When talking about best-case and worst-case, it would be hard to imagine a worse case than the 2020 season when it comes to Michigan football. With any luck, head coach Jim Harbaugh and the Wolverines will put the 2-4 COVID-marred season behind them and begin to get the program back to the power-program that it once was.

Of course, this is B1G football, and nothing is that easy. Whether you fall on the side of a rebound, or feel last season was a call for major changes in Ann Arbor, we take a look at some of the best and worst-case scenarios for the 2021 campaign.

Best: The Rutgers-game Cade McNamara returns

Now that Harbaugh has officially named Cade McNamara the starter for game one, the Wolverines need him to continue to play as he did in 2020’s penultimate game vs. Rutgers. The redshirt sophomore threw for 4 touchdowns against the Scarlet Knights, completing 27 of 32 attempts without throwing an interception. McNamara saw action in 4 of Michigan’s 6 games and completed 60.6% of his passes, finding the end zone 5 times without an interception. The best thing that can happen is for that to continue.

Worst: A revolving door at QB

The quarterback battle during Wolverines camp this season was between McNamara and 5-star freshman J.J. McCarthy. While McNamara was named to the top spot on the depth chart, McCarthy has apparently held off Texas Tech transfer Alan Bowman for the backup role. McCarthy is the highest-rated passer that Harbaugh has recruited out of high school, and his progress has apparently been good behind the scenes, but a true freshman in a leadership role for a program in need of re-establishing themselves as a power is not an ideal situation — nor is a revolving door behind center.

Best: Mike Macdonald is the answer for the defense

Last season’s defense occasionally moved to a three-man front, but the set base was a 4-3, leaving the corners on an island in man coverage. The approach became easily predictable and the opposition was able to dominate. With new defensive coordinator Mike Macdonald in charge, there are several fronts, several coverages and an array of schematic changes, and looks designed to disrupt the offensive flow.

Worst: Last season’s mindset remains

Last season, the Michigan defense allowed 34.5 points per game and a staggering 5.5 yards per play. Both those stats ranked near the bottom of the B1G defenses, and the mindset among the returners will need to change, specifically when it comes to allowing all the big plays. If the changes in the defensive schemes don’t prevent the explosive plays by the opposing offenses, it won’t make any difference. There needs to be a return to the winning attitude in Ann Arbor, back to the days when the Maize and Blue were among the elite of the conference and nation every fall. If the defense can’t keep the other side at bay, the 2021 season may just be a repeat performance of the disappointments that surrounded 2020.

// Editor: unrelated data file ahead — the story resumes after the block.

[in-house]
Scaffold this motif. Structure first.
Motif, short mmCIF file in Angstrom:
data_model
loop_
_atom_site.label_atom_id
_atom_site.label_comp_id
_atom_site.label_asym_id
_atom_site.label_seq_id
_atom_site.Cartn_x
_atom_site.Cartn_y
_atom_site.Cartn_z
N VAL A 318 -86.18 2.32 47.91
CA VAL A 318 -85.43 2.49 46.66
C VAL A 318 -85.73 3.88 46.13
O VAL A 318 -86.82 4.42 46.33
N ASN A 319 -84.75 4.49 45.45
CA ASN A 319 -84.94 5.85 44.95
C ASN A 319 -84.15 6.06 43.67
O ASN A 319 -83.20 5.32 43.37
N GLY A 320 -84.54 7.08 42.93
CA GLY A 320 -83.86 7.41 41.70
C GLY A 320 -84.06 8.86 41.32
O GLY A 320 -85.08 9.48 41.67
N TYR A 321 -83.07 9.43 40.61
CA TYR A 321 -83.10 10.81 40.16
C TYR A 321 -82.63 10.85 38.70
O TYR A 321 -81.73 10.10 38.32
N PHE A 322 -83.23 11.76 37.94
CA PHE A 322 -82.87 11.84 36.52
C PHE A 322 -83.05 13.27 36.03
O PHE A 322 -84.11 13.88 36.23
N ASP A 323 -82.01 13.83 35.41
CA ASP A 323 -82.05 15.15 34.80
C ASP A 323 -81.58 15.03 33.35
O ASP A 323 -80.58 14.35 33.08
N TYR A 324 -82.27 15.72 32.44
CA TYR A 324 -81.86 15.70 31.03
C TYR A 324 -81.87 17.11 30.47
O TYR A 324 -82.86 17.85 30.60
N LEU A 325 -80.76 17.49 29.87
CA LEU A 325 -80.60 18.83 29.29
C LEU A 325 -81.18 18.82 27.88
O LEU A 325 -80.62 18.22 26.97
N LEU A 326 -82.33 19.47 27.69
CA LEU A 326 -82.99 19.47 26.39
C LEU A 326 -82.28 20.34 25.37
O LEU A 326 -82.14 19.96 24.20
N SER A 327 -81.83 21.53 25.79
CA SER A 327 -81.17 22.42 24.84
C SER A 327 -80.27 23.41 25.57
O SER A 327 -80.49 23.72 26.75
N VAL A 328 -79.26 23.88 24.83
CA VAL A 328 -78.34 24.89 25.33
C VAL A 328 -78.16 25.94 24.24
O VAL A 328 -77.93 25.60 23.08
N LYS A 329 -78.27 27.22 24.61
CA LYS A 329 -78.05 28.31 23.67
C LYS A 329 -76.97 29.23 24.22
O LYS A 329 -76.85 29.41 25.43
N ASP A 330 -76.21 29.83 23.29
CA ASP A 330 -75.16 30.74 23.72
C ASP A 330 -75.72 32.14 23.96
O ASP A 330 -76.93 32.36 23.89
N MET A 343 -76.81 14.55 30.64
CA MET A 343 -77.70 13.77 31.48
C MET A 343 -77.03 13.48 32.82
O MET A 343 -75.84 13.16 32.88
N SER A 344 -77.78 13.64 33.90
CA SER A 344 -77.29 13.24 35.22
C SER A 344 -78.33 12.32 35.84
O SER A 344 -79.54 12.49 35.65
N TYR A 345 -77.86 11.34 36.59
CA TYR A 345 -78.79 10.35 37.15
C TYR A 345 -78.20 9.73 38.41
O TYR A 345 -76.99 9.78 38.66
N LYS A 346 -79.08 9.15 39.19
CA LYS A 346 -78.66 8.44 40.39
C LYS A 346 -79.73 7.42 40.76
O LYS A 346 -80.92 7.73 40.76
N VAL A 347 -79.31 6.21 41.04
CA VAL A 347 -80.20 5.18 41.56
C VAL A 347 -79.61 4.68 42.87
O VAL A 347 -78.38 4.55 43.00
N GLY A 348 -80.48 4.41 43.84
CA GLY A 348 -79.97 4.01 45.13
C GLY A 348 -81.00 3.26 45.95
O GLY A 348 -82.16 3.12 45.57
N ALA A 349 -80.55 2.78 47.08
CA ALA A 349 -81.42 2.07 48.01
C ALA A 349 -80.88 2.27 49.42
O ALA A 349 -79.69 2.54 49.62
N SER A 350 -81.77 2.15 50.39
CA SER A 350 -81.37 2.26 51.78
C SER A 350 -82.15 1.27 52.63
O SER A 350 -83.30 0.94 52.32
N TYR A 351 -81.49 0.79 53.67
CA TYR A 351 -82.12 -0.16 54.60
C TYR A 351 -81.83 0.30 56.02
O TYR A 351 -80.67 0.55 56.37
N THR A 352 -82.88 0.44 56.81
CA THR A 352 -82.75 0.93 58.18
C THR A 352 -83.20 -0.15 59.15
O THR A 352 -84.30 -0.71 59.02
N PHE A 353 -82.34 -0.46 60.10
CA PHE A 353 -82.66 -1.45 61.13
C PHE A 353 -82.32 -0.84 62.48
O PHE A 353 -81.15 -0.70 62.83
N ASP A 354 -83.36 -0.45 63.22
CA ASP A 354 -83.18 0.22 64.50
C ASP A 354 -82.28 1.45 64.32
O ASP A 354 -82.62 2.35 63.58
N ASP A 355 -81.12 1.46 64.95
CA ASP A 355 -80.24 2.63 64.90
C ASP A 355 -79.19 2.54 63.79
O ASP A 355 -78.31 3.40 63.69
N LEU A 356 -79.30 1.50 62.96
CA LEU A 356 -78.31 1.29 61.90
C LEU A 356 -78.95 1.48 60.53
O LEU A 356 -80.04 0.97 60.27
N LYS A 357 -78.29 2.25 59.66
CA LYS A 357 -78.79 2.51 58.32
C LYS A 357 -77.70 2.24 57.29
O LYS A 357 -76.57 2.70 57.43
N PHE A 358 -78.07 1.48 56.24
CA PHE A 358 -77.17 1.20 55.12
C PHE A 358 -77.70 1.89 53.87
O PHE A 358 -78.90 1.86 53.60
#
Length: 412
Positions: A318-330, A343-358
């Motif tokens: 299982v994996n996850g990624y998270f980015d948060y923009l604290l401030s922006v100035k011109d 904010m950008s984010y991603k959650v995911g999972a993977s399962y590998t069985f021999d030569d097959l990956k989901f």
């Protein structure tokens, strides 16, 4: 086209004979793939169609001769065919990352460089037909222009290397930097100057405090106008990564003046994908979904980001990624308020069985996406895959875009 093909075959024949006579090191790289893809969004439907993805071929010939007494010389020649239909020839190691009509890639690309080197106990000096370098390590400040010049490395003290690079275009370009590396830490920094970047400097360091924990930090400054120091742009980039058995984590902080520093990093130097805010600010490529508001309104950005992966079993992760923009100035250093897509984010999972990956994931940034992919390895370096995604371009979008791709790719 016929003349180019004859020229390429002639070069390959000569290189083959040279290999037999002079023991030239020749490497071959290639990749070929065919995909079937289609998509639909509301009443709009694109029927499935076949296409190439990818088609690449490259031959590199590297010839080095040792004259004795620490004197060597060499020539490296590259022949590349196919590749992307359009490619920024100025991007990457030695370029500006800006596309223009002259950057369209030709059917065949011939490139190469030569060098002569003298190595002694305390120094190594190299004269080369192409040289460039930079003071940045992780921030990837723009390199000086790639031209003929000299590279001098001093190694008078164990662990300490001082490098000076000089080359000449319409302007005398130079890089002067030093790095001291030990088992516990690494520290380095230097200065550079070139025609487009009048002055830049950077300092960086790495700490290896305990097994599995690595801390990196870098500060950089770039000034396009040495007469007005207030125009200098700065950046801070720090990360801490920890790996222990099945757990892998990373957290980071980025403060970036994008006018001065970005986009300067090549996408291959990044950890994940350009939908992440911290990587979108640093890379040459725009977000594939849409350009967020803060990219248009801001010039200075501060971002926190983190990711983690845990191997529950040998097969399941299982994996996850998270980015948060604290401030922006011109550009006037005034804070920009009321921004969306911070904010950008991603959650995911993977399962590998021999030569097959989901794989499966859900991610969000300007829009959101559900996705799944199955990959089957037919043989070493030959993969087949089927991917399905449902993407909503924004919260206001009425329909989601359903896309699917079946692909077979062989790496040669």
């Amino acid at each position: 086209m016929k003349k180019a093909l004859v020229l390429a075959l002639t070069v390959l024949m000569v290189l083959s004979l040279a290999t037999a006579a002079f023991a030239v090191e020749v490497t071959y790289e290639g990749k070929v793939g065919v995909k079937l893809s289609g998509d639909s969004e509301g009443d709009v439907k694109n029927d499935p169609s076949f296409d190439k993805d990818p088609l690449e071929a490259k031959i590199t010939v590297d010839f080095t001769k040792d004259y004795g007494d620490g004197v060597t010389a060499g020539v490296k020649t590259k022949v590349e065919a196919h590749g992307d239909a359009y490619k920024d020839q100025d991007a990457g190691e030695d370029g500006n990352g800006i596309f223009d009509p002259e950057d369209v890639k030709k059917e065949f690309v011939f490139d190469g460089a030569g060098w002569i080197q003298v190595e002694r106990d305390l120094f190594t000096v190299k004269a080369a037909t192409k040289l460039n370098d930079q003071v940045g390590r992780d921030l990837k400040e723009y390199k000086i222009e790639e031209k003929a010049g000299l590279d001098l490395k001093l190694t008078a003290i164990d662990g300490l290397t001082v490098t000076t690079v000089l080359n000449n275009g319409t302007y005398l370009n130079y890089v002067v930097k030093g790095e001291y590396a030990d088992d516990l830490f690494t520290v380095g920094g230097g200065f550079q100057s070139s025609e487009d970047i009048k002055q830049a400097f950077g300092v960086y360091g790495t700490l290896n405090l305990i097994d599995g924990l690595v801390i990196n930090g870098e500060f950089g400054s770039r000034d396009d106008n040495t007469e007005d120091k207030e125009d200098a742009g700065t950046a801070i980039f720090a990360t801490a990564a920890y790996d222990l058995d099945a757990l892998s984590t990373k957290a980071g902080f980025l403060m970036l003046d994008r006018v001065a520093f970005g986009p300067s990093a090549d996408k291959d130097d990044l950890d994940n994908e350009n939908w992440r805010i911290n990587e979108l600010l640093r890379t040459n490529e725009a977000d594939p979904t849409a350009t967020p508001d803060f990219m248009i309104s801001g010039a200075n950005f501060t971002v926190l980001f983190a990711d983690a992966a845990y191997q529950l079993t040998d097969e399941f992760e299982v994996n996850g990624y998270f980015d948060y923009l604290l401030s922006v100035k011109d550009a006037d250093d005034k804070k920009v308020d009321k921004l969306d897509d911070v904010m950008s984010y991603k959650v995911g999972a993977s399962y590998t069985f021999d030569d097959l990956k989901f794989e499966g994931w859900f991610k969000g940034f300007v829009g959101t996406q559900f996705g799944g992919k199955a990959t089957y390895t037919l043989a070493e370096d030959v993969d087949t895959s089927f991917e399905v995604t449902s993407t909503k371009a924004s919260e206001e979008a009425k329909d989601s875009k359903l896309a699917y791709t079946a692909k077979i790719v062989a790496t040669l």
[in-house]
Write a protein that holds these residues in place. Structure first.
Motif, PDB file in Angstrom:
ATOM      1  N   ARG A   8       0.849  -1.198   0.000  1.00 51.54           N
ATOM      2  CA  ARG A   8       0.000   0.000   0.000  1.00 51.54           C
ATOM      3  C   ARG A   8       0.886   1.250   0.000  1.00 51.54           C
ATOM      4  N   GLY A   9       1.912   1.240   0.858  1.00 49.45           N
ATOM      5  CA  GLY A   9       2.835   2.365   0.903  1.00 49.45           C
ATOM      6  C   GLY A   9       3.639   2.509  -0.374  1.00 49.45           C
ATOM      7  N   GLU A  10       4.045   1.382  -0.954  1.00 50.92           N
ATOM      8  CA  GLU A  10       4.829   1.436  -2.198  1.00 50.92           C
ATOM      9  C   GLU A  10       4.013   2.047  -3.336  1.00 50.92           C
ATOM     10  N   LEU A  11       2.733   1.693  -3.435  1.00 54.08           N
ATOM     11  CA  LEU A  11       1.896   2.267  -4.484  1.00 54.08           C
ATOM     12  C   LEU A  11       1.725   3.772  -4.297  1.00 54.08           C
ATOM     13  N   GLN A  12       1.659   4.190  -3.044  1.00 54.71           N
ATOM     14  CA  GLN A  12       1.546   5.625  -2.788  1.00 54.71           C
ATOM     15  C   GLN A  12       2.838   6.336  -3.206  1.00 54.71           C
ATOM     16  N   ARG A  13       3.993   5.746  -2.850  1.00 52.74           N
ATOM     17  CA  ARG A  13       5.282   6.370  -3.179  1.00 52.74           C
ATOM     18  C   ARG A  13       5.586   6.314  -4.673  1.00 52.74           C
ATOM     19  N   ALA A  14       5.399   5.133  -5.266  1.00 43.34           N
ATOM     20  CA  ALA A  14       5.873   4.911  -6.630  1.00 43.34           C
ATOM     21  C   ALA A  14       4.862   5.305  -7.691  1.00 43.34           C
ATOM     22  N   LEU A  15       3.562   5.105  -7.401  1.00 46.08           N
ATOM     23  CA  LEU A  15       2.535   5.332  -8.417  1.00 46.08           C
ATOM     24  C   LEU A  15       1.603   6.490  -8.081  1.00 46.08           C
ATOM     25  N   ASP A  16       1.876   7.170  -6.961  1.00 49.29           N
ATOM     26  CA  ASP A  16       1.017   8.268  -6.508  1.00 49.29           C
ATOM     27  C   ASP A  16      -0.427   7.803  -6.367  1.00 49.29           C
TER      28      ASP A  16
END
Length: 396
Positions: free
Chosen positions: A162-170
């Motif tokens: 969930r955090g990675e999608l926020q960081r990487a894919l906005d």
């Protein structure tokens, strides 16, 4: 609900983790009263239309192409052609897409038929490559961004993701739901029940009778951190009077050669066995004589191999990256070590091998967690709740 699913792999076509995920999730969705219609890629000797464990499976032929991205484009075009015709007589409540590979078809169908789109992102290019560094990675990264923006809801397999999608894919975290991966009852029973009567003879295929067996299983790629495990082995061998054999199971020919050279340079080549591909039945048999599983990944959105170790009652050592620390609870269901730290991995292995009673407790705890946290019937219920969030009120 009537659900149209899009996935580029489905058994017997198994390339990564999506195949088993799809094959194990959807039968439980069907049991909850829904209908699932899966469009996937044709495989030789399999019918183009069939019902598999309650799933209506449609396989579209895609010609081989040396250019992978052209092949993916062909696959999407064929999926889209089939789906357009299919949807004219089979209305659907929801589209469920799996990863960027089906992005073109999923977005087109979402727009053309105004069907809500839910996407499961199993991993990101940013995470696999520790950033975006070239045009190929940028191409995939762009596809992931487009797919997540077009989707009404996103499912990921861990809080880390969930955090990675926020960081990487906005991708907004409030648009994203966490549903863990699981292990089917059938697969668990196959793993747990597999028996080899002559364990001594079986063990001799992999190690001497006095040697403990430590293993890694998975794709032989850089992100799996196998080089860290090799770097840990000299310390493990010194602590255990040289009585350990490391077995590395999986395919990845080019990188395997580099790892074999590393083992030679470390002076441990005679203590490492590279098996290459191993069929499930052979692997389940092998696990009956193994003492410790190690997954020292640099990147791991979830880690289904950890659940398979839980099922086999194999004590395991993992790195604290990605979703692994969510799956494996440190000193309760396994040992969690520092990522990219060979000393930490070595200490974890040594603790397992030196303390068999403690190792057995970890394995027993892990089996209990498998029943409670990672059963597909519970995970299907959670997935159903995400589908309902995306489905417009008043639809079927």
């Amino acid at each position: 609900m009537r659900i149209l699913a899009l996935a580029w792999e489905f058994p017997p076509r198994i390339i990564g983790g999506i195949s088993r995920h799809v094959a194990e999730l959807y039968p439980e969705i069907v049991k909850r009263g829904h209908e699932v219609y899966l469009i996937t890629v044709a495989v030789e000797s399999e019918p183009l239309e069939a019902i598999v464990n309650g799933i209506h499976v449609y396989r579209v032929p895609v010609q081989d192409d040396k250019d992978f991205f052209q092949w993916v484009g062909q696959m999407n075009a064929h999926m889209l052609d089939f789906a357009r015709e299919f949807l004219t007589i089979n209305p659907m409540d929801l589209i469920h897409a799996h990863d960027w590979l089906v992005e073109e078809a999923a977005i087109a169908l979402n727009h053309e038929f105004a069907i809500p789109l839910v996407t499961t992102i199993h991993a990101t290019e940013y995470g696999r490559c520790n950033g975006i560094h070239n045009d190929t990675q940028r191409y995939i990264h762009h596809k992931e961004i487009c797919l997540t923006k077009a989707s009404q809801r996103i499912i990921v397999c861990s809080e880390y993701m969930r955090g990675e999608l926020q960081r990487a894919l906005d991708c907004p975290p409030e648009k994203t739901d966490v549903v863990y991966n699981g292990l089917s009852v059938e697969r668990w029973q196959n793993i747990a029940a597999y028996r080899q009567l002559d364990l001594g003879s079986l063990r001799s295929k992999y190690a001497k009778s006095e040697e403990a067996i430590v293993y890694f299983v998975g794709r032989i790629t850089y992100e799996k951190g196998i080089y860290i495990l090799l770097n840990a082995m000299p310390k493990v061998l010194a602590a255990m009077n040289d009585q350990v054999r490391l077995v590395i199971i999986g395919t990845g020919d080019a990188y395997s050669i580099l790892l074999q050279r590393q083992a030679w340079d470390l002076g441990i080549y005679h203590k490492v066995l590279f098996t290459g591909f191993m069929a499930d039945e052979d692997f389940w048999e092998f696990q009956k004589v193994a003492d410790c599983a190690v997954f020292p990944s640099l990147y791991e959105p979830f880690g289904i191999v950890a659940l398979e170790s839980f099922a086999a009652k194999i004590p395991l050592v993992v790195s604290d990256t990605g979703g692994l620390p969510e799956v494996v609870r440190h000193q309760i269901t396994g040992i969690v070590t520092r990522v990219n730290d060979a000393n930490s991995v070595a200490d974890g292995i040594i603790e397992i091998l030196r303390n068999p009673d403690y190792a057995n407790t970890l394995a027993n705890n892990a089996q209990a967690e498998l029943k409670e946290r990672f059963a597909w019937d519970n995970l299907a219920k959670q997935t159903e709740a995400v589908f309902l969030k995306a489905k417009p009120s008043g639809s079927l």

Best: The Fantasyland record

The Wolverines have one of the toughest schedules in all of college football. Five preseason AP top 25 opponents pepper the Michigan schedule — No. 4 Ohio State, at No. 12 Wisconsin, No. 17 Indiana, at No. 19 Penn State and No. 20 Washington.

Realistically, the best that can be expected entering conference play on Sept. 25 when the Wolverines host Rutgers will be to be sitting on a 2-1 record. A pair of “should-win” home games against Western Michigan and Northern Illinois sandwich a match up with No. 20 Washington.

To achieve the Fantasyland scenario with respect to a final 2021 record, it would require Michigan to not only win it is supposed to win, and win games they shouldn’t, but avoid the inevitable loss to a team it is supposed to beat.

So for the sake of argument, let’s say the return of fans to the Big House has an over-the-rim effect, and either Washington or Indiana fall into the win column — games the Wolverines aren’t supposed to win.

The Wolverines haven’t won in Lincoln since 2012, but Nebraska isn’t good, so the Huskers, along with Michigan State, Maryland, Rutgers and the two pre-conference season “should-win” games with Western Kentucky and Northern Illinois would all be wins. Northwestern has been hit with recent injuries, and should be a fraction of the threat they were last year and have to deal with the Wolverines’ home crowd. Then, if we’re continuing to talk about a best-case, a win in Happy Valley against Penn State would pop into the mix.

That picture would result in an 8-3 record heading into “The Game” at what is sure to be a packed Michigan Stadium for the regular season finale with Ohio State — if that’s the case, expect a typical rivalry game that can go either way.

Best case record: 8-4, barring a miracle against the Buckeyes after Thanksgiving.
Bowl prediction: Music City Bowl (Citrus Bowl with an upset over Ohio State)

Worst: A 1-2 start, and worse than last year

The 2-4 record in 2020 translates to a 4-8 record over a 12 game season. Should one of those “should-win” non-conference games result in an upset, the stage will be set for another disaster as the program that is looking to build confidence and regain a winning attitude will be the target of a bombardment of criticism and calls for change. Should the Wolverines not be able to handle the likes of Northern Illinois or Western Kentucky, be prepared to see them get pummeled while trying to meander through the B1G schedule.

Worst case record: 3-9, and an active head coaching job search in January.